Tourism minister Biel Barceló, President Armengol, and finance minister Catalina Cladera at the announcement of the tourist tax last week. | Joan Torres

There were really only two words to sum up last week - tourist tax. Whatever else was going on, certainly in terms of the island's tourism, this was the topic that overshadowed everything.

The tourist tax became official
Last Sunday, the ground was being laid for the official announcement of the tax later in the week. The regional government had issued its forecast for tax revenues in 2016. Among the various numbers was a figure for "other taxes", 50 million euros of which were to come from the tourist tax. Meanwhile, we were being told that Madrid was "dragging its heels" over arranging a meeting at which the tax was to be discussed as well as the government's wish for a 30 euro flat-rate tariff for inter-island flights. With Madrid apparently disinclined to talk about either, the government's preference for the tourist tax being collected at ports and airports was getting nowhere (if indeed it ever stood a chance of getting anywhere). The tax will therefore have to be collected via accommodation, though once the announcement was made, the ways of doing this were far from clear in certain instances.

The official announcement was made on Wednesday, and so in the Thursday edition we reported that the government was looking at raising 80 million euros for the tax (despite the budget having included a lower provision). As has consistently been the case with the tax, explanations as to its purpose were again contradictory. Tourism minister Barceló said it would be for environmental conservation and historical and cultural preservation, but then proceeded to list various other applications which appeared to conflict with these. Suggestions that the tax might benefit the hotel sector were sat on by Podemos. This could "never be accepted" and so would, if Podemos were to have their way, rule out applications for improving resort infrastructure, which supposedly is to be a key beneficiary of the tax. The environmentalists GOB expressed their "disappointment" at the tax having "far less ecological focus than the eco-tax (of 2002)".

The political and business reaction
Businesses were less than impressed. On Friday, further reactions were reported, and while the Majorca Hoteliers Federation felt that there would not be an immediate effect, it was concerned that the tax would lead to a loss of competitiveness and investment. In Minorca, the federation there was more to the point: "it could sink us". Marga Prohens for the opposition Partido Popular slammed the tax and the attitude of the government. For the parties of the left, she said, "a tourist is not a friend, he or she is someone who is a nuisance", a remark which led Jason Moore to observe that such a headline-grabbing statement could be "very dangerous" were it to be picked up on by foreign media. Of other comment in the paper, Andrew Ede wondered whether Podemos's desire to see the tax go only to environmental applications might ultimately render the tax "politically untenable" on account of differences of opinion among the three parties of government as to its use.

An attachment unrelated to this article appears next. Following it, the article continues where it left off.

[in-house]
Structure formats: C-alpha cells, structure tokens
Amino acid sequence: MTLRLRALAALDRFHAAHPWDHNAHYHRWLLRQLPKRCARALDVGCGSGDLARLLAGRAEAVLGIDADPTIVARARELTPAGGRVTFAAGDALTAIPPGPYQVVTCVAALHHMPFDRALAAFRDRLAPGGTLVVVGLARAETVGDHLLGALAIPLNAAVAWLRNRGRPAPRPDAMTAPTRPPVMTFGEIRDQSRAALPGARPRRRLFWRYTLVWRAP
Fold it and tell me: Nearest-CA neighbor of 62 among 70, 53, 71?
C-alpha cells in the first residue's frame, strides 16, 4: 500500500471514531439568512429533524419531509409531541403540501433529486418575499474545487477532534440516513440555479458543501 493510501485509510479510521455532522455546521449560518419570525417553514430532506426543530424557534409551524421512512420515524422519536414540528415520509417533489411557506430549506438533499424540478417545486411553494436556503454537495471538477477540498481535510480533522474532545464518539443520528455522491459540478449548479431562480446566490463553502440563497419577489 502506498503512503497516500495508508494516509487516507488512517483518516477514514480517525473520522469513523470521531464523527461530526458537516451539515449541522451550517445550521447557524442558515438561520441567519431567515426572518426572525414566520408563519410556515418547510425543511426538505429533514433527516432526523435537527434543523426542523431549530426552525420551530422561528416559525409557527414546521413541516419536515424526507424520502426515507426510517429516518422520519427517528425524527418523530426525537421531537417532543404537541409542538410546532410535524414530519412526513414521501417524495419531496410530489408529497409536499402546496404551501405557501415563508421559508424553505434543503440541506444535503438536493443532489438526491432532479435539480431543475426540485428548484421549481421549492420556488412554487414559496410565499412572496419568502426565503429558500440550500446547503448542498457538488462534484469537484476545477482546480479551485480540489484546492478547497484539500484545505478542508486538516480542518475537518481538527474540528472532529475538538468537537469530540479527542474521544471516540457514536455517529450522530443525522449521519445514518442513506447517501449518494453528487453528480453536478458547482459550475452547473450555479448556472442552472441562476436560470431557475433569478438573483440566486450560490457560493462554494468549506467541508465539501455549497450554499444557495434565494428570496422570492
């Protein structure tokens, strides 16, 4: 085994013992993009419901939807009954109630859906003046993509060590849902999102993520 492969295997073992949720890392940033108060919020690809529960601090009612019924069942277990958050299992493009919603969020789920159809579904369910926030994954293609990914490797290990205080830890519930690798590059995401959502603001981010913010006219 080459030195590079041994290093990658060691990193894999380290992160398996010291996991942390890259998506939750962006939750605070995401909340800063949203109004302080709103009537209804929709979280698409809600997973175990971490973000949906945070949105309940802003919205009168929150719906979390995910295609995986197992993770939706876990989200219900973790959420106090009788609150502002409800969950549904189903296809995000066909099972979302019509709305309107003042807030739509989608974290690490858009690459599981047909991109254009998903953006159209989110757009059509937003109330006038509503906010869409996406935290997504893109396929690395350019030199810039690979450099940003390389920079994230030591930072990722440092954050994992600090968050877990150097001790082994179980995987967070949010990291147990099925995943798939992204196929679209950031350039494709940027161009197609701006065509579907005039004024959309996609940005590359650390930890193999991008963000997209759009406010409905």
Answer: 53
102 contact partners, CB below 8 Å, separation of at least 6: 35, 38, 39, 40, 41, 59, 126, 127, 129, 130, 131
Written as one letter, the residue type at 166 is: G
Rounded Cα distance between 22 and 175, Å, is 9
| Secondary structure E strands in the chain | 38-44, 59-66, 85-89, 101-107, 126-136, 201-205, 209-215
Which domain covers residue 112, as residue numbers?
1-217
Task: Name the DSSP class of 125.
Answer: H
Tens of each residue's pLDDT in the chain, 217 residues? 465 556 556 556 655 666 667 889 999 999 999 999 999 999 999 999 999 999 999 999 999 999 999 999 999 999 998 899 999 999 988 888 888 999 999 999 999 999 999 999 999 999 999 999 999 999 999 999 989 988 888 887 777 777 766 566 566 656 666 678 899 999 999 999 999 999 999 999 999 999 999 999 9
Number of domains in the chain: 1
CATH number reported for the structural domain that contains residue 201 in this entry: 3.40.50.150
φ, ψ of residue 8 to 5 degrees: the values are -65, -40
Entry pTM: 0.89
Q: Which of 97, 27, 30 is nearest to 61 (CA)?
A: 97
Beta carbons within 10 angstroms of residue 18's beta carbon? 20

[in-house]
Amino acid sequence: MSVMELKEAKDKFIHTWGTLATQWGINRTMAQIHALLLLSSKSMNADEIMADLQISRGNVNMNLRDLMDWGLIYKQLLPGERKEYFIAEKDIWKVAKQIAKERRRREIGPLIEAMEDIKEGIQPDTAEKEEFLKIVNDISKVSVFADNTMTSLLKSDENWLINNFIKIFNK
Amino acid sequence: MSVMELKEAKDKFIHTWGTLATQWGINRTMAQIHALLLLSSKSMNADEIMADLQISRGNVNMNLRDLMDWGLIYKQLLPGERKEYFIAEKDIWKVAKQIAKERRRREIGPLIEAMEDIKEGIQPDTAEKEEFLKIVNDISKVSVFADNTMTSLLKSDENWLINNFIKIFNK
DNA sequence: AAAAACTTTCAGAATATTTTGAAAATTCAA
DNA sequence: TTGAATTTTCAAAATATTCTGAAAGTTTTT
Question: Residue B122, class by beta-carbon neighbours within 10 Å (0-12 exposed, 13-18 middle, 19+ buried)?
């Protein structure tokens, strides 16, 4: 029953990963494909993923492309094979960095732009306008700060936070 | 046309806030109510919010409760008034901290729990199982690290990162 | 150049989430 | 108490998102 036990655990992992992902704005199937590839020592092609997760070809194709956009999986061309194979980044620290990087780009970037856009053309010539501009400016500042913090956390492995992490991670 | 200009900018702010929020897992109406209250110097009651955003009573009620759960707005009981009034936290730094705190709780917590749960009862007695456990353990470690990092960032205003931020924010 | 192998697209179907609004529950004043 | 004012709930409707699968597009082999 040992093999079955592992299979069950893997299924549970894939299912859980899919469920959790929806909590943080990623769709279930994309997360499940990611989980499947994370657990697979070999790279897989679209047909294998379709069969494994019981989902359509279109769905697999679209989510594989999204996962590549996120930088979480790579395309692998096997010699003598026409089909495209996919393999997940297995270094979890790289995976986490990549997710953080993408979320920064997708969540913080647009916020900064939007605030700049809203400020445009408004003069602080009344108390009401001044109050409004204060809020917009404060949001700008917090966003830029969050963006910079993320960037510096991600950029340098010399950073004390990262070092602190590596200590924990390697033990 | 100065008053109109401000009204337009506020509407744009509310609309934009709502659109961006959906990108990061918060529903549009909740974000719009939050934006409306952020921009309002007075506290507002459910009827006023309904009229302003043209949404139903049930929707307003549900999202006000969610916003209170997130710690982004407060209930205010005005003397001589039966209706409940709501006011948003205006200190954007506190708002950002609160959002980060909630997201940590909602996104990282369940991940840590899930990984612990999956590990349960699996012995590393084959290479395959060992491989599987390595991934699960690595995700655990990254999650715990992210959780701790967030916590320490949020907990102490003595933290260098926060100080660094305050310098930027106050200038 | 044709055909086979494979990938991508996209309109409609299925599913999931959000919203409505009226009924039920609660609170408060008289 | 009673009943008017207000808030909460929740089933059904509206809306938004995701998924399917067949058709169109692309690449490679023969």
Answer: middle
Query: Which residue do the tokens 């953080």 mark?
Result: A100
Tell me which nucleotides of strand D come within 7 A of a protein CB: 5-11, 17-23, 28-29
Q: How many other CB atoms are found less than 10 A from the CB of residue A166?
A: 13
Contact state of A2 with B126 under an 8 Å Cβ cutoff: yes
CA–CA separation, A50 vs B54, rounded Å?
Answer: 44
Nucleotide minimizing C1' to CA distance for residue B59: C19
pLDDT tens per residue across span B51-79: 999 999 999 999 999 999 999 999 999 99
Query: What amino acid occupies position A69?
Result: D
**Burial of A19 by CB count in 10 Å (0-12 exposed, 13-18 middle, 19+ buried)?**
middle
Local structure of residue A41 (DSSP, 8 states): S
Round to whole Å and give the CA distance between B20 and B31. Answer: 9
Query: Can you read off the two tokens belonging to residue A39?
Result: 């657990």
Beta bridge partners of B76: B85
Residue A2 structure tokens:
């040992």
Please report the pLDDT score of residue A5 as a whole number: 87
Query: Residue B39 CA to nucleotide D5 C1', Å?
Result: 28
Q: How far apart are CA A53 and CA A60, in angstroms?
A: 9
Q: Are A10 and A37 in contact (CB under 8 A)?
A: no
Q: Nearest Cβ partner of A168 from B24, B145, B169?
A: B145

Winter flights and Magalluf
Otherwise, there was some encouraging news on the winter flights issue, with the reporting on Friday of Jet2 Holidays' inclusion of Palma in their new city-break destination product; Palma being one of five Spanish cities selected to feature as part of this product. Flights from Leeds-Bradford, Manchester and Edinburgh are expected to add a further 10,000 places from February next year. Earlier in the week there had been praise for the way in which Magalluf was changing its face, and it came from the national government delegate in the Balearics, Teresa Palmer. At a presentation to mark the 12 October public holiday, one aspect of which is that it is the day for the Guardia Civil to be honoured, she referred to the efforts of the force in contributing to the "radical change" that had taken place in Magalluf.

Sue Lloyd Roberts
On a very different note, it was with great sadness that we learned of the death of BBC journalist Sue Lloyd Roberts, who passed away on Tuesday, a stem cell transplant for tackling her leukemia having developed complications. On Thursday, Donald Trelford paid tribute to one of Majorca's "most distinguished residents", she and her husband Nick having settled in Fornalutx, where they bought a boutique hotel in 2002.